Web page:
Sounds and colour influence the taste of food
Researchers have also found that changing the colour of a food can influence the flavour experienced by consumers.
The sound of sizzling bacon can prompt diners to taste it - Sounds and colour influence the taste of food
The sound of sizzling bacon can prompt diners to taste it
Food manufacturers are now hoping to exploit the findings in a bid to make their foods more appealing.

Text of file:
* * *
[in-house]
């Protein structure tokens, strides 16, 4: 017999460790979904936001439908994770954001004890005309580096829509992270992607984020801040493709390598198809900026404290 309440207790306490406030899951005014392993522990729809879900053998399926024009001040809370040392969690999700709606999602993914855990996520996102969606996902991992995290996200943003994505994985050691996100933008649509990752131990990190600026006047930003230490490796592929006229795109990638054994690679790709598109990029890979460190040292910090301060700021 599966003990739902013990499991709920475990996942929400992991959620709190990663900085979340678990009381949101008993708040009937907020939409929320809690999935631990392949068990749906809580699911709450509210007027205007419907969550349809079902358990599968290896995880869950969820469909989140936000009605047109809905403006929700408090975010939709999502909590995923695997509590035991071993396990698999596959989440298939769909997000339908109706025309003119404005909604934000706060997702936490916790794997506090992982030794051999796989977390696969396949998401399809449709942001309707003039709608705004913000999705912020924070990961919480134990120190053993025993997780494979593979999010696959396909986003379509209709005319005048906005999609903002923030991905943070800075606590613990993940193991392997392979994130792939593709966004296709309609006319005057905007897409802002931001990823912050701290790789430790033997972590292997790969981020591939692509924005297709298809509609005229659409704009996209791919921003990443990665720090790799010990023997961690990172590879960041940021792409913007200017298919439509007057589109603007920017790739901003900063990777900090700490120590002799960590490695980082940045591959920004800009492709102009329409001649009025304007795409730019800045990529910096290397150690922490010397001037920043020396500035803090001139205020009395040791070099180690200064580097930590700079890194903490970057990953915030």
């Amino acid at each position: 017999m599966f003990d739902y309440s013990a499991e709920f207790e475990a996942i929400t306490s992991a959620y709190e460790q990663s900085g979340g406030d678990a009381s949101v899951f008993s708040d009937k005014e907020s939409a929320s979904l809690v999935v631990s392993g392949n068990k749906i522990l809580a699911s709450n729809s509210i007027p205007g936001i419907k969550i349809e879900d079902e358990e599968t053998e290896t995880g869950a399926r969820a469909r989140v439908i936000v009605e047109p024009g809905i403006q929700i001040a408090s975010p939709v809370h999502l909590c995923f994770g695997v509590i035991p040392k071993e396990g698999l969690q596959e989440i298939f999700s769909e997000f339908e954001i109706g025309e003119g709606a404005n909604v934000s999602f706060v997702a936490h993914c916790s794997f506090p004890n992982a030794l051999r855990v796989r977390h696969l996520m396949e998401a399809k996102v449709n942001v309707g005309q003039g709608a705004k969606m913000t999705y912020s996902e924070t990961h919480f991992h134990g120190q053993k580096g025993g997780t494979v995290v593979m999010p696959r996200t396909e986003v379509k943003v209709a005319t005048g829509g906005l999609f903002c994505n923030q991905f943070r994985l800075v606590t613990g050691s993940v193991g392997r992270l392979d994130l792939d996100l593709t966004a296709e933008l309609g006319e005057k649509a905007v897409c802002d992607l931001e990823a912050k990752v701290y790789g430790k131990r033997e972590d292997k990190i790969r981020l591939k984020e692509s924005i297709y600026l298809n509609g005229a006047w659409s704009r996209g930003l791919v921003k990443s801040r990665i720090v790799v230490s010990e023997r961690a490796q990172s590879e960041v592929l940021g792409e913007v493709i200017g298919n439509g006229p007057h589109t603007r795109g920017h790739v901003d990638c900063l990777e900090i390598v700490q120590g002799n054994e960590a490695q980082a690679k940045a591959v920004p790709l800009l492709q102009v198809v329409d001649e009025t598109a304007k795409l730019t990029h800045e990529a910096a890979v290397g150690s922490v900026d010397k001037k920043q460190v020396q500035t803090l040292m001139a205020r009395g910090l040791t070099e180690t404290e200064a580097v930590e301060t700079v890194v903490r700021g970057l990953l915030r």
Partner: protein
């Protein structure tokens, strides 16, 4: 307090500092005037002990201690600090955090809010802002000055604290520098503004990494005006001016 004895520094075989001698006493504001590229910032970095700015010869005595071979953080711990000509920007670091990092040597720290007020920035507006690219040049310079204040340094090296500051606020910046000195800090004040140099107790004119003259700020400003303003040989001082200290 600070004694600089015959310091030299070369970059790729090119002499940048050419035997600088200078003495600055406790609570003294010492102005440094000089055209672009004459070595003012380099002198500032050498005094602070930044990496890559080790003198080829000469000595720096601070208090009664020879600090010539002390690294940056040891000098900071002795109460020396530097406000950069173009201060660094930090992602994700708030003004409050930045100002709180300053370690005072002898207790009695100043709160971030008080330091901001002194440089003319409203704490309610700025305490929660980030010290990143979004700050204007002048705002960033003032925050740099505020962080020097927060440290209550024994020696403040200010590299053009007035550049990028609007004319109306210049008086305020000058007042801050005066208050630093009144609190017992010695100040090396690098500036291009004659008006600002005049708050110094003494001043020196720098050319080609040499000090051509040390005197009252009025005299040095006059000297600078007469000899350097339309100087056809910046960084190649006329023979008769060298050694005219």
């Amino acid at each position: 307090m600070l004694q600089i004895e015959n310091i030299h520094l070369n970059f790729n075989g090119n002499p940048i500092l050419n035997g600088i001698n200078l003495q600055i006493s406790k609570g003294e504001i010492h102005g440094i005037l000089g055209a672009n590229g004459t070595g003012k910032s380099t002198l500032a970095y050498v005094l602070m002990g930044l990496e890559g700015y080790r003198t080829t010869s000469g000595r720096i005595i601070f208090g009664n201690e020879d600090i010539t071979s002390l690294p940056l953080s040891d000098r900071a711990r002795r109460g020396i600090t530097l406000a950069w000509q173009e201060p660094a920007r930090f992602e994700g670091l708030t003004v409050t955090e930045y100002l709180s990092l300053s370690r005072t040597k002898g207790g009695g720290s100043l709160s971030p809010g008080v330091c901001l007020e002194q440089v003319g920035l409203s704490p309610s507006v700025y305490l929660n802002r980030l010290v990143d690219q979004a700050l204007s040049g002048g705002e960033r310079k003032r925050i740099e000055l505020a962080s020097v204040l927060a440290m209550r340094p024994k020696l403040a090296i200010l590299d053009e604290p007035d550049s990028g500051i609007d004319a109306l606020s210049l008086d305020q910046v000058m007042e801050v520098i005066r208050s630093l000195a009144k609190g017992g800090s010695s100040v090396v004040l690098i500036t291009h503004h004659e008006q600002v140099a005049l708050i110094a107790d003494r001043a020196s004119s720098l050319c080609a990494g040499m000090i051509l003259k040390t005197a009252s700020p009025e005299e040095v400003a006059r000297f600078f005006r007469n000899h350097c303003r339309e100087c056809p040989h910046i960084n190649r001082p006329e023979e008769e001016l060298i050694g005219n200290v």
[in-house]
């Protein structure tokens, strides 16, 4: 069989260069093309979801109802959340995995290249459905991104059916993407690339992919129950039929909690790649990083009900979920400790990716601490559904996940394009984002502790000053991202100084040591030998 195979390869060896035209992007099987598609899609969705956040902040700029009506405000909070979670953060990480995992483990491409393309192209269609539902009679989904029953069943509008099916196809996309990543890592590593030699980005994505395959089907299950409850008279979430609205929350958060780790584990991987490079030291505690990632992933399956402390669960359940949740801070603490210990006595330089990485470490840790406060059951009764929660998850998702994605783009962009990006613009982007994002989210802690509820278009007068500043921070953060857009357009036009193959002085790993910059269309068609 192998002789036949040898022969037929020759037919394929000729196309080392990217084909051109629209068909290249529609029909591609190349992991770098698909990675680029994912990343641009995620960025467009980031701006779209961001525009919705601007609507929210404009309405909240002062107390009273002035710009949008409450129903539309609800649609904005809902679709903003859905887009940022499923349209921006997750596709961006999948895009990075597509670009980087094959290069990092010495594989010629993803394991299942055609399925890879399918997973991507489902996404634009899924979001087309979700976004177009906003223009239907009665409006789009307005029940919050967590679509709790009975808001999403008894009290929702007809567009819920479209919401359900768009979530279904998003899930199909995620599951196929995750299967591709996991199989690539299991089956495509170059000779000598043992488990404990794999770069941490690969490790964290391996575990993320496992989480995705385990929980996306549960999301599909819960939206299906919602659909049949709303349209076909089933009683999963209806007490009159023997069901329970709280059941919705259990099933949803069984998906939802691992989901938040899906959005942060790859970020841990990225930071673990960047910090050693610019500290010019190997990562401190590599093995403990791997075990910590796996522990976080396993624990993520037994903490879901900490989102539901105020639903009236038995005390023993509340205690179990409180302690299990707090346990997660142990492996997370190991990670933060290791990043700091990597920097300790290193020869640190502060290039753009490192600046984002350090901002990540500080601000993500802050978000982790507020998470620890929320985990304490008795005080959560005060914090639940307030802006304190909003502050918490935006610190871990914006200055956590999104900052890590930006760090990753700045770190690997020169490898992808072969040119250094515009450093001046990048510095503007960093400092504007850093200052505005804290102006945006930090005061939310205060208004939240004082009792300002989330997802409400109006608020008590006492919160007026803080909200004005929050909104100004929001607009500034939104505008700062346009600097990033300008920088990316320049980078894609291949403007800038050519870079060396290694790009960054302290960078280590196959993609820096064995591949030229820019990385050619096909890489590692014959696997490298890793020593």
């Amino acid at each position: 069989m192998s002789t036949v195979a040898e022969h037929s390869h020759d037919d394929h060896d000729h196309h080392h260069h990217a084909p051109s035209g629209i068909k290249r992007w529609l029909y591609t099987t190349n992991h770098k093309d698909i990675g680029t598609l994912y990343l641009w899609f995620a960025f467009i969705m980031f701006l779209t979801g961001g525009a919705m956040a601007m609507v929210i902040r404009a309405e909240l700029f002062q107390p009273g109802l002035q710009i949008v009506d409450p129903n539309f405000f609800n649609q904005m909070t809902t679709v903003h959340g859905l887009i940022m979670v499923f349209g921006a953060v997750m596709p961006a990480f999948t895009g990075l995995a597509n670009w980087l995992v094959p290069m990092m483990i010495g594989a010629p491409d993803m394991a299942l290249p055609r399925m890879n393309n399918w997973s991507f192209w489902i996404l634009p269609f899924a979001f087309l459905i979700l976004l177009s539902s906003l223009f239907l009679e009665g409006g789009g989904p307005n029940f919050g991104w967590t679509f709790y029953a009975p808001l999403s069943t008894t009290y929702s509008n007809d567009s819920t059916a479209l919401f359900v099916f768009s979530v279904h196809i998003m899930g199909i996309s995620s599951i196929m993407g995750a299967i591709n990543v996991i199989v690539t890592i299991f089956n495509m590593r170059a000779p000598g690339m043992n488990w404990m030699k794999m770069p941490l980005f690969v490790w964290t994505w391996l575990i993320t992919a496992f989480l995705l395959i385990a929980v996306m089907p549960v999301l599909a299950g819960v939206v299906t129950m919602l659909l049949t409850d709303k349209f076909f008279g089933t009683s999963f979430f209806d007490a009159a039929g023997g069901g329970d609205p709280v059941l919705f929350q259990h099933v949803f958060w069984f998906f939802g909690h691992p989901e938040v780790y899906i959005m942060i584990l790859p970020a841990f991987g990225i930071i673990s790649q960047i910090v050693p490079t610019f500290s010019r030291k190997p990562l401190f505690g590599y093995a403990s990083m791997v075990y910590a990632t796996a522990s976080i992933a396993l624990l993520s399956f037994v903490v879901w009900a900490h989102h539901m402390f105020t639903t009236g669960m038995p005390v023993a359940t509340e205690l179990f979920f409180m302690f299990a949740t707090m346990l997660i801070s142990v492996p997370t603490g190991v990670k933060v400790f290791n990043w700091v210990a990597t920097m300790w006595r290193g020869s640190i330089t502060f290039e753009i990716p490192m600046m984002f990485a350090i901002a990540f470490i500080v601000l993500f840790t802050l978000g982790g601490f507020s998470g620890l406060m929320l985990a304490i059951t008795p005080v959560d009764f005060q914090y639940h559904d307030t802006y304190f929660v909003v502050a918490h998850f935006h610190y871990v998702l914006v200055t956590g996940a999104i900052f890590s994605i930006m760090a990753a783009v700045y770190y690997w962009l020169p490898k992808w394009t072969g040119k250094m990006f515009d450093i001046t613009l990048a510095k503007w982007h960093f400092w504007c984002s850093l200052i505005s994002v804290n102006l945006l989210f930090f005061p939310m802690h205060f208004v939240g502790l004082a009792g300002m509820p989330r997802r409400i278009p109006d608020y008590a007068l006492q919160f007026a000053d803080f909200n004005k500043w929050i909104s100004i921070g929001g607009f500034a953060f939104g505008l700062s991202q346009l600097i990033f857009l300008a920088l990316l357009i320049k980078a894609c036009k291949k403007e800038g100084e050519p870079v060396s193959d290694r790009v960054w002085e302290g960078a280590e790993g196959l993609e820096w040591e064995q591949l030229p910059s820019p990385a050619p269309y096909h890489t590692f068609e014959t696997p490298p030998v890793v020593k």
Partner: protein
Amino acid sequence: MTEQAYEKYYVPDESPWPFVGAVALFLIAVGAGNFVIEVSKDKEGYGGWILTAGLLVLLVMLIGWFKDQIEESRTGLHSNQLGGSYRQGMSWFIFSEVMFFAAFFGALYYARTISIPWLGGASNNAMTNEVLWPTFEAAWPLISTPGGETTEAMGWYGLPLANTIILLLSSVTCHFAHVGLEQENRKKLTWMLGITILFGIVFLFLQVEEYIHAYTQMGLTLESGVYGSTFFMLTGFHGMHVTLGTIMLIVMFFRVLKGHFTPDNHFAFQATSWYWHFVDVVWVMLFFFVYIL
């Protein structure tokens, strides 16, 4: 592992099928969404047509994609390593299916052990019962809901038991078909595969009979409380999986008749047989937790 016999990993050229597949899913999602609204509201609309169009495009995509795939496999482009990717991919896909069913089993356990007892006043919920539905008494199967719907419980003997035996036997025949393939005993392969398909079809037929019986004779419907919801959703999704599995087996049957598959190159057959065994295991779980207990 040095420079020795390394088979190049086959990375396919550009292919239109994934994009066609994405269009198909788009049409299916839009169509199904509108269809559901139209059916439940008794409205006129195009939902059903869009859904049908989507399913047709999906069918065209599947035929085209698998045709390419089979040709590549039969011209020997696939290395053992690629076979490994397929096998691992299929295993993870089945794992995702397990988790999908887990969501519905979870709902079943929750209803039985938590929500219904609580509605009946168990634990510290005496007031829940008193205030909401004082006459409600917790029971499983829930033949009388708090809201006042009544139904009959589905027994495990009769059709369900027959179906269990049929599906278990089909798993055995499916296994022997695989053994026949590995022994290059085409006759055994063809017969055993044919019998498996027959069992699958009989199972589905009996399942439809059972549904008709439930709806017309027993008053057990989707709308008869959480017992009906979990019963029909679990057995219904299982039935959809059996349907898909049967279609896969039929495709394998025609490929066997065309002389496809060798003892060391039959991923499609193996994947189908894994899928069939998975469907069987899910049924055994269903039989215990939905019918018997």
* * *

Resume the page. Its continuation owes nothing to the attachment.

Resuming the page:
Previously it was thought that the sense of taste and smell were the only human senses that played a role in experiencing flavour. Professor Charles Spence, a sensory psychologist at Oxford University, believes it is possible to change the flavour of food simply by exciting people's sense of hearing and vision.
He has found that by tinkering with the sound a food makes while it is being eaten can make it seem crunchier or softer in the mouth.
Playing sounds of the seaside while diners are eating can make them detect seafood flavours while the sound of clucking chickens or sizzling bacon brings out the taste of eggs or bacon.